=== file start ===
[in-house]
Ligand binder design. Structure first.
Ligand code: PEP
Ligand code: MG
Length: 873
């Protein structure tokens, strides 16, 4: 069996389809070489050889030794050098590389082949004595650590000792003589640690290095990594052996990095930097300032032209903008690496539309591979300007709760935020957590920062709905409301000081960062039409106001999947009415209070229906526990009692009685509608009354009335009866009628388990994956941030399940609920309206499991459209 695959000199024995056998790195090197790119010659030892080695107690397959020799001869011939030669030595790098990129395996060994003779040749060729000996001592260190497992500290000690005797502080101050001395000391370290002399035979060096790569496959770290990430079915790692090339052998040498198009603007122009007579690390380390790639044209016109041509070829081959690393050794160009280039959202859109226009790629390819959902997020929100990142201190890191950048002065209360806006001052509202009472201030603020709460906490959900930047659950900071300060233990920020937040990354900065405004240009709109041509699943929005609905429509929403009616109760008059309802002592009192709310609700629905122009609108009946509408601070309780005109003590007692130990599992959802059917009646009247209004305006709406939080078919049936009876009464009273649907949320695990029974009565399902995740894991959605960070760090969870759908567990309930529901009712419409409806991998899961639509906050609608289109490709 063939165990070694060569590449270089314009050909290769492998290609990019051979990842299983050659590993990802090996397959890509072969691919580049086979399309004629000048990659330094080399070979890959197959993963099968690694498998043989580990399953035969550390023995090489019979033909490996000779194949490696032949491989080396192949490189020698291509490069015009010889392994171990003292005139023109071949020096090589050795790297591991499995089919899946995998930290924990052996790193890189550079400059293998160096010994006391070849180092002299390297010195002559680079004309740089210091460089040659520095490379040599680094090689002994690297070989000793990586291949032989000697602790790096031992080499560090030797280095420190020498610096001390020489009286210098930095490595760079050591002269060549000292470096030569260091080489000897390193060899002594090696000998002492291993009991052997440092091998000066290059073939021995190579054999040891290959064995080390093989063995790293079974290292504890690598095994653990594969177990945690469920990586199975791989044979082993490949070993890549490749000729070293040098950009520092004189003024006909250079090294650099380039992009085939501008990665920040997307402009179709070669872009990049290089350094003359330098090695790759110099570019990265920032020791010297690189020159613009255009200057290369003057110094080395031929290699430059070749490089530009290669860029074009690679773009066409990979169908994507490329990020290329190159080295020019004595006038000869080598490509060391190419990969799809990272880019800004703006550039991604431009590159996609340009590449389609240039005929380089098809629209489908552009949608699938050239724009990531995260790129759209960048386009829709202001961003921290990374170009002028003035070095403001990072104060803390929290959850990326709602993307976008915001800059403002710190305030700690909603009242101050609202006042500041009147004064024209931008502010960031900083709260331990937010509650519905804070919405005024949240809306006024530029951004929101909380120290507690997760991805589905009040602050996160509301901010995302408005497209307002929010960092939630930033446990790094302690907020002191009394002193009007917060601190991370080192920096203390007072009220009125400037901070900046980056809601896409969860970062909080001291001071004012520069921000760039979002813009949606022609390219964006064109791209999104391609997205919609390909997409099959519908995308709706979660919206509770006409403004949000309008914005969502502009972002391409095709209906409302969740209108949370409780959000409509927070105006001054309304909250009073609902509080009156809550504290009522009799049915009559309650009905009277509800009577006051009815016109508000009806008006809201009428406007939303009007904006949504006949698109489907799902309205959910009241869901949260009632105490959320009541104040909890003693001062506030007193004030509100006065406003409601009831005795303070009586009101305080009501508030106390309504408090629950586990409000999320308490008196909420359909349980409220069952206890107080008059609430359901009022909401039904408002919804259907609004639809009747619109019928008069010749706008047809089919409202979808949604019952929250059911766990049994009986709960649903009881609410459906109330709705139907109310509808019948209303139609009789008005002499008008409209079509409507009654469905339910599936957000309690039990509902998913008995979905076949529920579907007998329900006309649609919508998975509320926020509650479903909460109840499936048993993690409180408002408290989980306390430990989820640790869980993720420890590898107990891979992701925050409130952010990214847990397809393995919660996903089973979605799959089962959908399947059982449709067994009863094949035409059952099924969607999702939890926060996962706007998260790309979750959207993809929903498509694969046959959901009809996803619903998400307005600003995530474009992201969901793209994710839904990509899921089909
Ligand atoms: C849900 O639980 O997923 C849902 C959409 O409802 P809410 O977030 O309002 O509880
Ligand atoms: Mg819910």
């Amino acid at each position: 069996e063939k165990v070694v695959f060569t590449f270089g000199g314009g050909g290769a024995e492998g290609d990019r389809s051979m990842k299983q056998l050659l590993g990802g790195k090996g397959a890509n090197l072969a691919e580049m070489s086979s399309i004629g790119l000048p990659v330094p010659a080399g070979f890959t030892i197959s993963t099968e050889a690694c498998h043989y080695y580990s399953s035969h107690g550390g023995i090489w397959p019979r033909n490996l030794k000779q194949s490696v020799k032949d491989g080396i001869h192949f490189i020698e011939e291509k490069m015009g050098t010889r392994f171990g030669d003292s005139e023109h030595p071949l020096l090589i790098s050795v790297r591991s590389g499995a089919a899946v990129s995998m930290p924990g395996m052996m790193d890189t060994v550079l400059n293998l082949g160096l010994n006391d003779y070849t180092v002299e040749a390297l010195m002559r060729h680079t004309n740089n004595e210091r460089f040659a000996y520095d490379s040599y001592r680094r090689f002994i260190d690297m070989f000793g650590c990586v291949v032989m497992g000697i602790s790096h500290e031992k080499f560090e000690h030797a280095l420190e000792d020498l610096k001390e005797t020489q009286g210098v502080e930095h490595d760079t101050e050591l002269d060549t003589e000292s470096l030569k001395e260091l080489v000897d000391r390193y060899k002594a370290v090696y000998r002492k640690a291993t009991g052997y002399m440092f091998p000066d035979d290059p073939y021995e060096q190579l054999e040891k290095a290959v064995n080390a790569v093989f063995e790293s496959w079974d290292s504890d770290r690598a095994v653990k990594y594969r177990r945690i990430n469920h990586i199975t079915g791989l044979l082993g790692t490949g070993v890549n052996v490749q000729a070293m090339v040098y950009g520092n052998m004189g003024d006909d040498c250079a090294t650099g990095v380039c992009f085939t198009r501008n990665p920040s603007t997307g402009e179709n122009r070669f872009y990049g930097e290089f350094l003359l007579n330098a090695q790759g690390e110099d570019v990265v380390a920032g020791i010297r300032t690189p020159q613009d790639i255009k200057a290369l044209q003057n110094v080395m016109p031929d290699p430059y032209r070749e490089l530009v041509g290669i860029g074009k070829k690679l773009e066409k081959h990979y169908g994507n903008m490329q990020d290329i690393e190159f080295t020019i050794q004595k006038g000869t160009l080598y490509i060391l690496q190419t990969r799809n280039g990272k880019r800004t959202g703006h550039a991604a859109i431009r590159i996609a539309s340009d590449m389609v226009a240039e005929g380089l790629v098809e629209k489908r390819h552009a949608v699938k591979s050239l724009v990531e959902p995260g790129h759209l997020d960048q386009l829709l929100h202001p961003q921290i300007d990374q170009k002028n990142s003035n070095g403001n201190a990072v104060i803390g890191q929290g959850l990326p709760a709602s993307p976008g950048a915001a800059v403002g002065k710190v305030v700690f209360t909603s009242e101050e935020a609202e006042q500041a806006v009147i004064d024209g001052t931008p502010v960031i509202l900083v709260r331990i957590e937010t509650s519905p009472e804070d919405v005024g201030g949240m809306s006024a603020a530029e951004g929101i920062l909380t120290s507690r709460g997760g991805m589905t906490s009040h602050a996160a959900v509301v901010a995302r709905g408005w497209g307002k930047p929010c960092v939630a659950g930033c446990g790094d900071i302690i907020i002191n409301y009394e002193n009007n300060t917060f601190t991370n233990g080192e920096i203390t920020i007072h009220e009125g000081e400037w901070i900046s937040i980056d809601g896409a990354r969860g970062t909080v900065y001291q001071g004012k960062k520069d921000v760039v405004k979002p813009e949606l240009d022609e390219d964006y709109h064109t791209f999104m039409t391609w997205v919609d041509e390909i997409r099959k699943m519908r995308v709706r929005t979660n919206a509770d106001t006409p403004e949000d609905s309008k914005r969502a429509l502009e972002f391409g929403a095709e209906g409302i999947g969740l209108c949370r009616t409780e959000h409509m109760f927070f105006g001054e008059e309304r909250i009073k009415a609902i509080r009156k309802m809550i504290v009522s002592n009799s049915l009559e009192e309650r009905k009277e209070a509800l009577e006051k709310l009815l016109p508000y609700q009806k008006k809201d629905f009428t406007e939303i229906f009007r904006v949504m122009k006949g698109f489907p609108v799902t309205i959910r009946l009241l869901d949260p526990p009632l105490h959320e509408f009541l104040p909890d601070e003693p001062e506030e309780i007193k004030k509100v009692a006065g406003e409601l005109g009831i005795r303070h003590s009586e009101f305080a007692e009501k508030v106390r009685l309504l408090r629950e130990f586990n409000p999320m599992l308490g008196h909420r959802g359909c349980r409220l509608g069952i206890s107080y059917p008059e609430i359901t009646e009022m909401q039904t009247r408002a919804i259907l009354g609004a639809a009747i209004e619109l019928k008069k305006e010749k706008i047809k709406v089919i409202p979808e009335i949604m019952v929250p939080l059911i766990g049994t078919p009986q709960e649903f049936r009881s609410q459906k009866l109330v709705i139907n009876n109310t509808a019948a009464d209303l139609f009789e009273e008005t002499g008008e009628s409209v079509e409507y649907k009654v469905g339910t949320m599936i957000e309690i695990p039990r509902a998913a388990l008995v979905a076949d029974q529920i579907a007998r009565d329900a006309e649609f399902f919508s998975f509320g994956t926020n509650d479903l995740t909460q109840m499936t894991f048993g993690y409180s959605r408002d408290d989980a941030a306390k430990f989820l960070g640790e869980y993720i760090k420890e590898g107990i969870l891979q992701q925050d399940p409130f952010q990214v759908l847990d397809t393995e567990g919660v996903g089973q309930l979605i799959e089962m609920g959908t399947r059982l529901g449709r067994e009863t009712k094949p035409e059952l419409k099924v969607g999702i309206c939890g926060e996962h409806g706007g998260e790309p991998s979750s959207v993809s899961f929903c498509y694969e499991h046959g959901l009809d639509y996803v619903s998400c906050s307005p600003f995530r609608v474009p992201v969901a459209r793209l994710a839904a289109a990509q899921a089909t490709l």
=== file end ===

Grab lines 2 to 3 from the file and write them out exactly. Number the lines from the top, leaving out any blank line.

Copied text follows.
Ligand binder design. Structure first.
Ligand code: PEP